Commentary

Tim Quast
Traders Magazine Online News

We're All HFTs Now

In this guest commentary, author Tim Quast looks back at the history of HFT and how the market has evolved to where many firms now fit the definition of high-frequency trader.

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September 30, 2000

Searching for Liquidity

By Sanford Wexler

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  • Searching for Liquidity

To Kevin Cronin, 35, head of domestic equity trading at AIM Management in Houston, Texas, a big fish like AIM should have the ability to maneuver in the same way as a small mutual fund company.

"Our investment style is very pro-active," Cronin said. "You are always trying to find liquidity before the other people who are doing the same thing as you are."

Founded in 1976, AIM has grown into one of the nation's largest and most well-known mutual fund companies. It has some $176 billion in assets under management, runs some 50 mutual funds, and has about 2,500 employees.

Born in Tucson, Ariz. and raised in Lexington, Ky., Cronin graduated with a B.A. in economics and psychology from Indiana University in 1987. "I graduated the same year the Hoosiers won their last national championship," he quipped.

Following his graduation in 1989 with an MBA in finance from Vanderbilt University in Nashville, Tenn., Cronin joined the trust department at Barnett Banks Trust Company in Jacksonville, Fla. "I was sort of a jack-of-all trades," he said. "I was an equity analyst, a portfolio manager, and I did some part-time trading."

Two years later, Trusco Capital in Atlanta, Ga., hired Cronin as its senior equity trader. His next stint was as head of equity trading at First Union Capital Management in Charlotte, N.C., where he spent four years. In 1997, he joined AIM as head of its domestic equity trading desk.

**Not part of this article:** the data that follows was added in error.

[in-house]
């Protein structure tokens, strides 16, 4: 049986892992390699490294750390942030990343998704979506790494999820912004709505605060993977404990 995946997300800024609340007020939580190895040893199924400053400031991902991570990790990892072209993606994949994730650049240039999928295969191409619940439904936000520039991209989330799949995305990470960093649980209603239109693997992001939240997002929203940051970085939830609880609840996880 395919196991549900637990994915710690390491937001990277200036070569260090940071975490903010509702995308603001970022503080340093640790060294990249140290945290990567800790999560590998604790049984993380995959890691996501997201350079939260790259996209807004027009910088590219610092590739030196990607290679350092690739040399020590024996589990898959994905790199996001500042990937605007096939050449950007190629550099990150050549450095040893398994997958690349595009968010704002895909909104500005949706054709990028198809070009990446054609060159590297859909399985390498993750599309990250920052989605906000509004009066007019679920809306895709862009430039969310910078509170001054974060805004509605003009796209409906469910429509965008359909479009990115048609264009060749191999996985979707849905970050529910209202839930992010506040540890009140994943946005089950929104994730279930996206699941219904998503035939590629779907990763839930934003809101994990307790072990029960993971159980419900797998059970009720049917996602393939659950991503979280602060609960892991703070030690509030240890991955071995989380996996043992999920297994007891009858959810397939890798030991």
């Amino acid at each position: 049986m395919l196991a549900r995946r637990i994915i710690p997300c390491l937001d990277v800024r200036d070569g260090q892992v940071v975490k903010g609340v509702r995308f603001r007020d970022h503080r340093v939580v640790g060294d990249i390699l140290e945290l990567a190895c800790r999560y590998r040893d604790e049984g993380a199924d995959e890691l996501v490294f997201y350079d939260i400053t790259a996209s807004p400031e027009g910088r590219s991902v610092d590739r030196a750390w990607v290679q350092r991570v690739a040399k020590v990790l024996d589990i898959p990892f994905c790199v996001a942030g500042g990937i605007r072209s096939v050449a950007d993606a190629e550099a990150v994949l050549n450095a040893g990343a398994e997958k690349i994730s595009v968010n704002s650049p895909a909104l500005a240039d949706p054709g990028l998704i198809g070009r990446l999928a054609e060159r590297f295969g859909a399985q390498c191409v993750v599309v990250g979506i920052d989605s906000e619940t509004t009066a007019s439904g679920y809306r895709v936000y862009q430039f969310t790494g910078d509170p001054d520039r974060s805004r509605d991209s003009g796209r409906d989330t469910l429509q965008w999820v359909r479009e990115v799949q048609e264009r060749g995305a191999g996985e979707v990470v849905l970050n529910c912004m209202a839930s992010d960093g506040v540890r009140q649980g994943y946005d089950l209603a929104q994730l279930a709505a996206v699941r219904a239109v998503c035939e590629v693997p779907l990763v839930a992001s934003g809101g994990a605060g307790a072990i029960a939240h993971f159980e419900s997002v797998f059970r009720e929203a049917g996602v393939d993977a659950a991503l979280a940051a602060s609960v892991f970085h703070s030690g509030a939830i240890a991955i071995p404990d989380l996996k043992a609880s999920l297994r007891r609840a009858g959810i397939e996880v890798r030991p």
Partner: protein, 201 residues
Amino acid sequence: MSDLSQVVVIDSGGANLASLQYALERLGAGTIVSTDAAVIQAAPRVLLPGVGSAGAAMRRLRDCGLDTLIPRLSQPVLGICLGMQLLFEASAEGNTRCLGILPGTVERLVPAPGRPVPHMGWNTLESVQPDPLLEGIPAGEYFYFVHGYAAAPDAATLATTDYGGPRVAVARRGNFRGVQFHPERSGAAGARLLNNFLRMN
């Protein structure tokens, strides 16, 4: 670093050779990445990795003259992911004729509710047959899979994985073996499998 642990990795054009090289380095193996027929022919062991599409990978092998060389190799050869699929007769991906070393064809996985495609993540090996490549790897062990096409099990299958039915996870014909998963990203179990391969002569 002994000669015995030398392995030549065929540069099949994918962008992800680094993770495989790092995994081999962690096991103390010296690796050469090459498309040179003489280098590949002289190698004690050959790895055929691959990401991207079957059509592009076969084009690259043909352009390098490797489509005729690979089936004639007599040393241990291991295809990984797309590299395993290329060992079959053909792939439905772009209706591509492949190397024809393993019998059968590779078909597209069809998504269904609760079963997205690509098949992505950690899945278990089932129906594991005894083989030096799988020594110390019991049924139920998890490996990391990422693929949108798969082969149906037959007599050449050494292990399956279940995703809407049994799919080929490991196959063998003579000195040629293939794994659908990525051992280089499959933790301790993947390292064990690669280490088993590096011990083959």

Cronin and his wife Kim and their two young children - Nicholas, 6, and Caroline, 4 - live outside of Houston in the small town of Sugarland. As a graduate of Indiana University, Cronin roots every year for the Hoosiers to win another national championship.

Cronin's trading desk comprises 10 trading pros and four assistants. About 60 percent of its trades are listed, 40 percent are Nasdaq. The desk interacts with about 80 portfolio managers.

"We pursue liquidity very aggressively," Cronin emphasized. "The game is to try to get as much liquidity without having a dramatic impact on a price of stock before a big wave of buying or selling hits."

"When you are a big firm like we are," he added, "there are certainly a lot of people who would like to profit or benefit from knowing exactly what we are trying to do." Cronin did not disclose the number of trades or dollar amounts that AIM performs each day.

AIM has relationships with over 200 broker dealers and uses about 25 of them on a regular basis. Cronin said about 75 percent of its trading business is sent to its top broker dealers. However, he pointed out that his desk will use any broker dealer that is able to offer liquidity. "We use the liquidity that the Street provides," he said.

Cronin foresees a more complicated marketplace resulting from decimalization. "We are happy the spreads are narrowing," he explained, "but we are really concerned about the ability for people to break up a trade or to negate a trade by jumping in front for a penny. There can be some significant disruptions as a result of decimalization."